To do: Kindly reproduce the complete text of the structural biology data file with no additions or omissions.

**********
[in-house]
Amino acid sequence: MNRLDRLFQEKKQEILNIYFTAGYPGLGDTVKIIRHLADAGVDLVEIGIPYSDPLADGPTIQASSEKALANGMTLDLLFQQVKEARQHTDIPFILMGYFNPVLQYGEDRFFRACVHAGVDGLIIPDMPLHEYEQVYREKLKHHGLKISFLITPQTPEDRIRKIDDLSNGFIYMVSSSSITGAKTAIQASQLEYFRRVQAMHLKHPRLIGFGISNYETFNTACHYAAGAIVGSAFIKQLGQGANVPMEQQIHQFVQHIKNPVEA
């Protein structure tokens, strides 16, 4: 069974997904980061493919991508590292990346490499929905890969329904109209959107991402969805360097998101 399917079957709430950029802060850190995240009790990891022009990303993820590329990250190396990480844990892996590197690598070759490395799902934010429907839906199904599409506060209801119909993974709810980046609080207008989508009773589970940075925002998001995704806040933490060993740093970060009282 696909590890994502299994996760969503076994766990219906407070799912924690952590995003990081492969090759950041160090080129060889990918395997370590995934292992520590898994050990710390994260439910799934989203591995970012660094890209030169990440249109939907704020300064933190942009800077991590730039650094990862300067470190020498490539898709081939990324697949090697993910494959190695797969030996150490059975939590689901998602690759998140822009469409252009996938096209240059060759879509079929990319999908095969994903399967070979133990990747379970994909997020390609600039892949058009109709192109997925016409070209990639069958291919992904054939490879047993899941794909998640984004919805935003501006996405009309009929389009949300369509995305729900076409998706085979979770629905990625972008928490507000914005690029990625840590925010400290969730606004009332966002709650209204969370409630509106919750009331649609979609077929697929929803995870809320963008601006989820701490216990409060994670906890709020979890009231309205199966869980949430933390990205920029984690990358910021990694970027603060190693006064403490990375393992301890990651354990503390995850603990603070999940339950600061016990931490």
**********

[in-house]
Amino acid sequence: MNRLDRLFQEKKQEILNIYFTAGYPGLGDTVKIIRHLADAGVDLVEIGIPYSDPLADGPTIQASSEKALANGMTLDLLFQQVKEARQHTDIPFILMGYFNPVLQYGEDRFFRACVHAGVDGLIIPDMPLHEYEQVYREKLKHHGLKISFLITPQTPEDRIRKIDDLSNGFIYMVSSSSITGAKTAIQASQLEYFRRVQAMHLKHPRLIGFGISNYETFNTACHYAAGAIVGSAFIKQLGQGANVPMEQQIHQFVQHIKNPVEA
């Protein structure tokens, strides 16, 4: 069974997904980061493919991508590292990346490499929905890969329904109209959107991402969805360097998101 399917079957709430950029802060850190995240009790990891022009990303993820590329990250190396990480844990892996590197690598070759490395799902934010429907839906199904599409506060209801119909993974709810980046609080207008989508009773589970940075925002998001995704806040933490060993740093970060009282 696909590890994502299994996760969503076994766990219906407070799912924690952590995003990081492969090759950041160090080129060889990918395997370590995934292992520590898994050990710390994260439910799934989203591995970012660094890209030169990440249109939907704020300064933190942009800077991590730039650094990862300067470190020498490539898709081939990324697949090697993910494959190695797969030996150490059975939590689901998602690759998140822009469409252009996938096209240059060759879509079929990319999908095969994903399967070979133990990747379970994909997020390609600039892949058009109709192109997925016409070209990639069958291919992904054939490879047993899941794909998640984004919805935003501006996405009309009929389009949300369509995305729900076409998706085979979770629905990625972008928490507000914005690029990625840590925010400290969730606004009332966002709650209204969370409630509106919750009331649609979609077929697929929803995870809320963008601006989820701490216990409060994670906890709020979890009231309205199966869980949430933390990205920029984690990358910021990694970027603060190693006064403490990375393992301890990651354990503390995850603990603070999940339950600061016990931490």